Hospitaleros are required to staff reception, welcome pilgrims and supervise the albergue. Daily cleaning is carried out by a professional company and no cooking is required.  A team of 3 volunteers will work on a rota providing a 24 hour presence in the albergue.

Applications are sought from experienced/trained hospitaleros and those for whom this would be a first experience. Induction will be provided. Support from the Pilgrims’ Office will be available on-call at all times.

The ablilty to converse in basic Spanish, including on the telephone, is essential.


Accommodation will be provided for volunteers free of charge in apartments in the city of Santiago. Volunteers must meet all other travel and subsistence expenses.

For further information please e mail Daniel Vargas, Volunteer Co-ordinator on - Dani will acknowledge your request for further information.  Application Packs will be sent out from 7 January 2013.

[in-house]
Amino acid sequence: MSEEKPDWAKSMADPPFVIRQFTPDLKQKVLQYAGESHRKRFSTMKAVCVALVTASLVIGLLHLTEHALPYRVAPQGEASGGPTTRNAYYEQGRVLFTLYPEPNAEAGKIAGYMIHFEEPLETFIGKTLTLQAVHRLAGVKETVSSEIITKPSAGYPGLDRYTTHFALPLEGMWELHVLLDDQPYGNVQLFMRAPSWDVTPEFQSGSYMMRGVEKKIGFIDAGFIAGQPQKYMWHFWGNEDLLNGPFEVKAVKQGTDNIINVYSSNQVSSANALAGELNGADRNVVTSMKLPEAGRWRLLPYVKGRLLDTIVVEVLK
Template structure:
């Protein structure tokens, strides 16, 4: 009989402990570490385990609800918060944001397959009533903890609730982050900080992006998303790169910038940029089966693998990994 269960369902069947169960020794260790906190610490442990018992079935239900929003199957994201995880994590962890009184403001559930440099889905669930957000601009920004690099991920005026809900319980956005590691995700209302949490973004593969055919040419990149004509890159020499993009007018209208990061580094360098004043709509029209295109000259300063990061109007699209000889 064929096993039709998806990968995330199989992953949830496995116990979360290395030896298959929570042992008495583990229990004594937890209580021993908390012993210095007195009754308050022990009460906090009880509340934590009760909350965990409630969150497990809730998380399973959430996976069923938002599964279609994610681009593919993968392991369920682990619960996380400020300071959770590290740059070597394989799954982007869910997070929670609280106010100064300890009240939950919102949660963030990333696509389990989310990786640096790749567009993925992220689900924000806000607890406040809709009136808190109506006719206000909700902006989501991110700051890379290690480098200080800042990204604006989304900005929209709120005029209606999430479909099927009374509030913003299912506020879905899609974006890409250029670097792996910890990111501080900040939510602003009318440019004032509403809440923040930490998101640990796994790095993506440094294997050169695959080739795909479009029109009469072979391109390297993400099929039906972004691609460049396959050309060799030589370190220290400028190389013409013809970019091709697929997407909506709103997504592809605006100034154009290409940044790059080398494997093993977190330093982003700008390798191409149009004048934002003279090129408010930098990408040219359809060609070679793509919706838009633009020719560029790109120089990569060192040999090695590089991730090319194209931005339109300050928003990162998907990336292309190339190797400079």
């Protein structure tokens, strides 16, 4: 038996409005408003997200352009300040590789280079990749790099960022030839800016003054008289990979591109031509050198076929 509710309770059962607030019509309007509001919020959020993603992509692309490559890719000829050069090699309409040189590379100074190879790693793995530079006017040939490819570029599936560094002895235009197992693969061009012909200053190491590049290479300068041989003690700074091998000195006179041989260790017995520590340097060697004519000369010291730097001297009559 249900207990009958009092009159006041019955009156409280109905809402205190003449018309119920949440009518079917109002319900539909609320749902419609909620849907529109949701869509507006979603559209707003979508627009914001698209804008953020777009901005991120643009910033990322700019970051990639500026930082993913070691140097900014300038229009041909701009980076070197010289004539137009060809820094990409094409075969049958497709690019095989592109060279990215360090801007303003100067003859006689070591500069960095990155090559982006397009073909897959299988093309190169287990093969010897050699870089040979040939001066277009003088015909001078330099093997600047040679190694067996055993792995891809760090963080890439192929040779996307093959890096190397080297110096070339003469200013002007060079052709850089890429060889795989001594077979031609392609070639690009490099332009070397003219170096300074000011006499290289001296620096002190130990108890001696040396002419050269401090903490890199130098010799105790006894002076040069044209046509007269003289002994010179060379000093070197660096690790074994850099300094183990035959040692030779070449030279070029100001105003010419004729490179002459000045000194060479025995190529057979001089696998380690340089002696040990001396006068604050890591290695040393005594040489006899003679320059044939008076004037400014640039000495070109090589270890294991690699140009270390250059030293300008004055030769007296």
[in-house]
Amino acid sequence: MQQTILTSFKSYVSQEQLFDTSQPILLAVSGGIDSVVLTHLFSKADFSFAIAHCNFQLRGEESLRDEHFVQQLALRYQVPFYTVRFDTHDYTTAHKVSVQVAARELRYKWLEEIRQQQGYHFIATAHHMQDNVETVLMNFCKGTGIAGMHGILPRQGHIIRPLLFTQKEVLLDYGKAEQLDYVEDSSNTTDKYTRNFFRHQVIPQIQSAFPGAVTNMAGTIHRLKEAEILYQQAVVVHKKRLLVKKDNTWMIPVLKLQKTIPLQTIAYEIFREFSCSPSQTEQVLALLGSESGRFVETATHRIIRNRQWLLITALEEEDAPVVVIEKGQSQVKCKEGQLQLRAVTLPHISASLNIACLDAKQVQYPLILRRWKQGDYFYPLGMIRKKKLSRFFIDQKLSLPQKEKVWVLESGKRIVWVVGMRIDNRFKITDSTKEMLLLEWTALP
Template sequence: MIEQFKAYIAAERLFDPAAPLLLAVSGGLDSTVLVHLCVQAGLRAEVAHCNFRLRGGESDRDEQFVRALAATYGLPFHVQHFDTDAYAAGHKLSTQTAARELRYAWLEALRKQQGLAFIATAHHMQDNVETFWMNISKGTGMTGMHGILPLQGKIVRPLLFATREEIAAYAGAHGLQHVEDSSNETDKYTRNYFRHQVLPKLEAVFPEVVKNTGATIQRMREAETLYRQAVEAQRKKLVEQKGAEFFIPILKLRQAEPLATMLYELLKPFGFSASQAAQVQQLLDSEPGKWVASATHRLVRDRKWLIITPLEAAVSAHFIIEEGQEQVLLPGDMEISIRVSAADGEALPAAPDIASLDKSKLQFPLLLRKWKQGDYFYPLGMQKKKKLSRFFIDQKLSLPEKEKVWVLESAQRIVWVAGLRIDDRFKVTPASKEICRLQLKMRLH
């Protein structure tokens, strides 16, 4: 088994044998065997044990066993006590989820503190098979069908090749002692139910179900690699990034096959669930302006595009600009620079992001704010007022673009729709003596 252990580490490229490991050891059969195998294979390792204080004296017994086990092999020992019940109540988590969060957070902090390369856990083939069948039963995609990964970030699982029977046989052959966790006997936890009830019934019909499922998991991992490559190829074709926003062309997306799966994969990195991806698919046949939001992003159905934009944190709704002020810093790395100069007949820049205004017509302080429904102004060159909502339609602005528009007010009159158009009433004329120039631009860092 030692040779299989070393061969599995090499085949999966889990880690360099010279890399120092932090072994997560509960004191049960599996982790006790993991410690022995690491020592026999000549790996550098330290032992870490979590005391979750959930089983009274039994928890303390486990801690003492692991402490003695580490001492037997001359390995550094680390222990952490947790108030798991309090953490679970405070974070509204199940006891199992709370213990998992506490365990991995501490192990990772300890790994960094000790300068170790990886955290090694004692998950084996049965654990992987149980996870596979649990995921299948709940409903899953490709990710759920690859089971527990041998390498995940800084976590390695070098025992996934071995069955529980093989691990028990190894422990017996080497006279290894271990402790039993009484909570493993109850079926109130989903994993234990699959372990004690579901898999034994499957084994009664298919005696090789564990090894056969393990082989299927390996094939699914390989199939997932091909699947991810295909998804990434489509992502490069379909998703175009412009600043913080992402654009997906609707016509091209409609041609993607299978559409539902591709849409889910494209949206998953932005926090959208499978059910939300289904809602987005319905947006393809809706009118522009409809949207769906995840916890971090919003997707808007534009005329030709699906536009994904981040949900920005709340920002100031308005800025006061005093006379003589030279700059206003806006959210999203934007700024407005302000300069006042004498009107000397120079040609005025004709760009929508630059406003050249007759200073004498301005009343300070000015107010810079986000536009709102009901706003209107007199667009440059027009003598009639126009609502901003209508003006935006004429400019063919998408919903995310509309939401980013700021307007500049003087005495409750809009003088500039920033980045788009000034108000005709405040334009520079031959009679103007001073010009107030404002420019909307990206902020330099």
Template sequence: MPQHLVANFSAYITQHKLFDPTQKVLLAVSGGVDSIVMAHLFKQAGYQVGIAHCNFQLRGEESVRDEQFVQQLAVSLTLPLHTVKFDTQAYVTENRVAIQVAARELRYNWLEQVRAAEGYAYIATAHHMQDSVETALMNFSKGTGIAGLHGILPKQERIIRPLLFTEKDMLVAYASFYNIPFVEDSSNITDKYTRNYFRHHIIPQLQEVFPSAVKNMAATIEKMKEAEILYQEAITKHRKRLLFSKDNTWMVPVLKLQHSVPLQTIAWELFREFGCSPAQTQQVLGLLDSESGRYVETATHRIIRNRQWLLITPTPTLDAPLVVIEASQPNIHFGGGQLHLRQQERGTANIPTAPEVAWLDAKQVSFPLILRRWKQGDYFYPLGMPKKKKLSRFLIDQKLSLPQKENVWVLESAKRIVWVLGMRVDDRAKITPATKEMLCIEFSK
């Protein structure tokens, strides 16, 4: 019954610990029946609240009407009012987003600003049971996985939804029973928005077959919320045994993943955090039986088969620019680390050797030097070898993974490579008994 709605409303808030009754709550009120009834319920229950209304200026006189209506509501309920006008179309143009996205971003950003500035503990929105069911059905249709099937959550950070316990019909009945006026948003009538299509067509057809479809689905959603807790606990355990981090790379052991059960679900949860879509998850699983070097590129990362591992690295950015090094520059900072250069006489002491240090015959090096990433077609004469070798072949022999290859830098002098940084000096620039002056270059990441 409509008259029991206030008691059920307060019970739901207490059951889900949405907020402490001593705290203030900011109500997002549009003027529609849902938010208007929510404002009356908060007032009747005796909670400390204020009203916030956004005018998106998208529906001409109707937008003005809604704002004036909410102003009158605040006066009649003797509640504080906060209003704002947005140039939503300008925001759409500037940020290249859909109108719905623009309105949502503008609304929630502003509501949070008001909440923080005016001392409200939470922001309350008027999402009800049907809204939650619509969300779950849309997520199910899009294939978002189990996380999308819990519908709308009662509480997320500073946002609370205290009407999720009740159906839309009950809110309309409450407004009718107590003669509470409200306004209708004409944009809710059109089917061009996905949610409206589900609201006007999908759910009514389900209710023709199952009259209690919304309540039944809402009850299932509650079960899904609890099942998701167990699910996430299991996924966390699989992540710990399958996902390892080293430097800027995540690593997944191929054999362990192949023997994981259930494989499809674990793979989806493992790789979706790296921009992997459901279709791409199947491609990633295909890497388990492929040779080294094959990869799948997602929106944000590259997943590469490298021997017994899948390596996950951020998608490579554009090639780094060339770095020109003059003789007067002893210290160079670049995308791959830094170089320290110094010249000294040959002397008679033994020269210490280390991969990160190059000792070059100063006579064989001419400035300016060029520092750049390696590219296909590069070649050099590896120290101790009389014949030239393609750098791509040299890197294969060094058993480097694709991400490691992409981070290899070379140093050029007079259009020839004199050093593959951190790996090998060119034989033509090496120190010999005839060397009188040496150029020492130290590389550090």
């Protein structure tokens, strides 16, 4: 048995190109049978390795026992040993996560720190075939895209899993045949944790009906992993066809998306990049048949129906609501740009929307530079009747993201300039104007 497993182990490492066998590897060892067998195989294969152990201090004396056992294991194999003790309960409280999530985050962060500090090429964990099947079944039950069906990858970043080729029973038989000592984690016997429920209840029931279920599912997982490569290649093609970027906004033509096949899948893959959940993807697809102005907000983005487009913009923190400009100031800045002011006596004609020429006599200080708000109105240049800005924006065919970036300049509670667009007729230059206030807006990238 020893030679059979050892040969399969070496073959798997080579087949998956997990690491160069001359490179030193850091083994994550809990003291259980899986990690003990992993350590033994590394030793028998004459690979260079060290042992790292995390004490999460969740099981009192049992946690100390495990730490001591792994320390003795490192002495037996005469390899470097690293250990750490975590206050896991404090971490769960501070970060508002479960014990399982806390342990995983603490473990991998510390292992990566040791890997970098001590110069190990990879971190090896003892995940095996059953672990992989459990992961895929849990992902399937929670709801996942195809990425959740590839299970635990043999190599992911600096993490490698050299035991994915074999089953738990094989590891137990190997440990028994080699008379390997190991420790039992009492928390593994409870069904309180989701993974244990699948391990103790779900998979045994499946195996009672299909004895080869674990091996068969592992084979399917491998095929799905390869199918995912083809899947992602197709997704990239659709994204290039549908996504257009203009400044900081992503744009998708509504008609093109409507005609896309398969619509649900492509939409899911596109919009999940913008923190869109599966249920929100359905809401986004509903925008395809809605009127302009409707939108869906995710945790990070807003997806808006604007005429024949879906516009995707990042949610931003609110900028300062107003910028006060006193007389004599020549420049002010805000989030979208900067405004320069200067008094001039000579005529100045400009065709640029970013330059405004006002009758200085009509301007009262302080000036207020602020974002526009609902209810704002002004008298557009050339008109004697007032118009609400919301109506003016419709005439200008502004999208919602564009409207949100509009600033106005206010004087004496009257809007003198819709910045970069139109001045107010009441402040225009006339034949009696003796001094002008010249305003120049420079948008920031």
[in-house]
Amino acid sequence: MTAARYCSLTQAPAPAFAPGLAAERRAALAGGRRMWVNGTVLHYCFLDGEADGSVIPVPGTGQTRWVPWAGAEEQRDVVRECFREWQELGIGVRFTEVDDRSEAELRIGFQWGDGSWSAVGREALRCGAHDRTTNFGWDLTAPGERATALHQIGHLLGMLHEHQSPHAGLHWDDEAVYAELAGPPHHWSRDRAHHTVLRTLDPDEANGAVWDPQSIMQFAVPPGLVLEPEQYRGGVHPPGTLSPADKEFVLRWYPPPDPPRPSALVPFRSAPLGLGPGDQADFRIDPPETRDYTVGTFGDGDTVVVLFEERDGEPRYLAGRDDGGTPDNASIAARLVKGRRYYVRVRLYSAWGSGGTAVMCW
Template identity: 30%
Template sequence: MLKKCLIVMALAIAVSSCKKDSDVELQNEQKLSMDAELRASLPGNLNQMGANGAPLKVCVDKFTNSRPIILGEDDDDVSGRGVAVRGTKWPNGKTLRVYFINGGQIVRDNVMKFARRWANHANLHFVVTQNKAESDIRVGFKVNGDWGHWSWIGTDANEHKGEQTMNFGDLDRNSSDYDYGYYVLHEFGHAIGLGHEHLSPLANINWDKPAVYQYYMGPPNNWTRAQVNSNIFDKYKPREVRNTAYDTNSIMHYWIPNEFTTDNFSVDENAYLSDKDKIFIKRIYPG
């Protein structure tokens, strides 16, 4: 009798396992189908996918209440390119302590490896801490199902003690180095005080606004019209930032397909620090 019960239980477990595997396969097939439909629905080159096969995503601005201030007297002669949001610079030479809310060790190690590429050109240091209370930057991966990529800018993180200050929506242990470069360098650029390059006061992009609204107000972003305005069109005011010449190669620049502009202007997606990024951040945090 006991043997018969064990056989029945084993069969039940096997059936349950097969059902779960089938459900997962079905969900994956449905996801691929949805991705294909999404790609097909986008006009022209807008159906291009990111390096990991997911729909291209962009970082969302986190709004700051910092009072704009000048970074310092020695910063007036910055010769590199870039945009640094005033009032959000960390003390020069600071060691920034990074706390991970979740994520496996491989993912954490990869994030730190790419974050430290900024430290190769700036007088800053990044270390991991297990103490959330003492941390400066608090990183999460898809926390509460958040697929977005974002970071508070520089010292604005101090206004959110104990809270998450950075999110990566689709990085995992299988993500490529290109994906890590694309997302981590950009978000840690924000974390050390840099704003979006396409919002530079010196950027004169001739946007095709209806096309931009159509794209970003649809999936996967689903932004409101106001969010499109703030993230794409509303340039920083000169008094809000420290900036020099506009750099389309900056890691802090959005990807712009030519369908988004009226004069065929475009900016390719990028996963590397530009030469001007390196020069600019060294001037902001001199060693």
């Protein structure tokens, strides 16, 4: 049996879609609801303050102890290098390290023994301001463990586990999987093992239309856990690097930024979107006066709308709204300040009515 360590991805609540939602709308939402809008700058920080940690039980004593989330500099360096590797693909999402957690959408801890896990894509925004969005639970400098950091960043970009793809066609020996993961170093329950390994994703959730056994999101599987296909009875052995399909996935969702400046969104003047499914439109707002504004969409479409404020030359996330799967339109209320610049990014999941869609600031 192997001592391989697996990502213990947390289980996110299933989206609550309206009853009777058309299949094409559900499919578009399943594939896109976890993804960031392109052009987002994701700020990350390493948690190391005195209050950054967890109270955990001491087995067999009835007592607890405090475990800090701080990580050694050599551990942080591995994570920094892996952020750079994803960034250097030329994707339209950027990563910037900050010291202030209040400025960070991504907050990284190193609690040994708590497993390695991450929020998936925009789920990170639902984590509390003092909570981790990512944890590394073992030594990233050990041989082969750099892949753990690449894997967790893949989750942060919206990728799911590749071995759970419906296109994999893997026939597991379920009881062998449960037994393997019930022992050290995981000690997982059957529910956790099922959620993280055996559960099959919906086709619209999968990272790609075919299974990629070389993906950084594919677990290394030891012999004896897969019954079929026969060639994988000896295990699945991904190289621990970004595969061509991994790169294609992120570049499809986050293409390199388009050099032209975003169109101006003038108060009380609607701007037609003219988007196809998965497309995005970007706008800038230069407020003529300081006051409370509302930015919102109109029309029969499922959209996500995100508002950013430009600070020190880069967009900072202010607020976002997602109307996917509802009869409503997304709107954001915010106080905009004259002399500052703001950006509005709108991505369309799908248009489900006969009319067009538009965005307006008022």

Saturday, 1 December 2012

All the statistics from Santiago – 157 varieties of pilgrims

I realised early on that the experience of the pilgrimage to Santiago was so powerful it couldn’t just be expressed in words. This picture is evidence of that. Elaine and 4 year old daughter Matinée walked together without the aid of pram or buggy from St Jean Pied de Port to Santiago. Elaine said on the Pilgrims’ Office day book:  “The Camino from St. Jean Pied de Port with my 4 year old (no stroller) daughter: what an adventure! An achievement, at the same time: sorrow, joy, pain, difficulty, the extraordinary, the discouragement, the wonderful, the intense. We enjoy the small pleasures of this life and together they make us smile every day.
Elaine and Matinée from Canada were just two of the pilgrims who have arrived this year from 157 different countries.

From 1 January – 30 November 2012 190,935 pilgrims arrived. That is an increase of 5% on last year.

Pilgrims from English speaking countries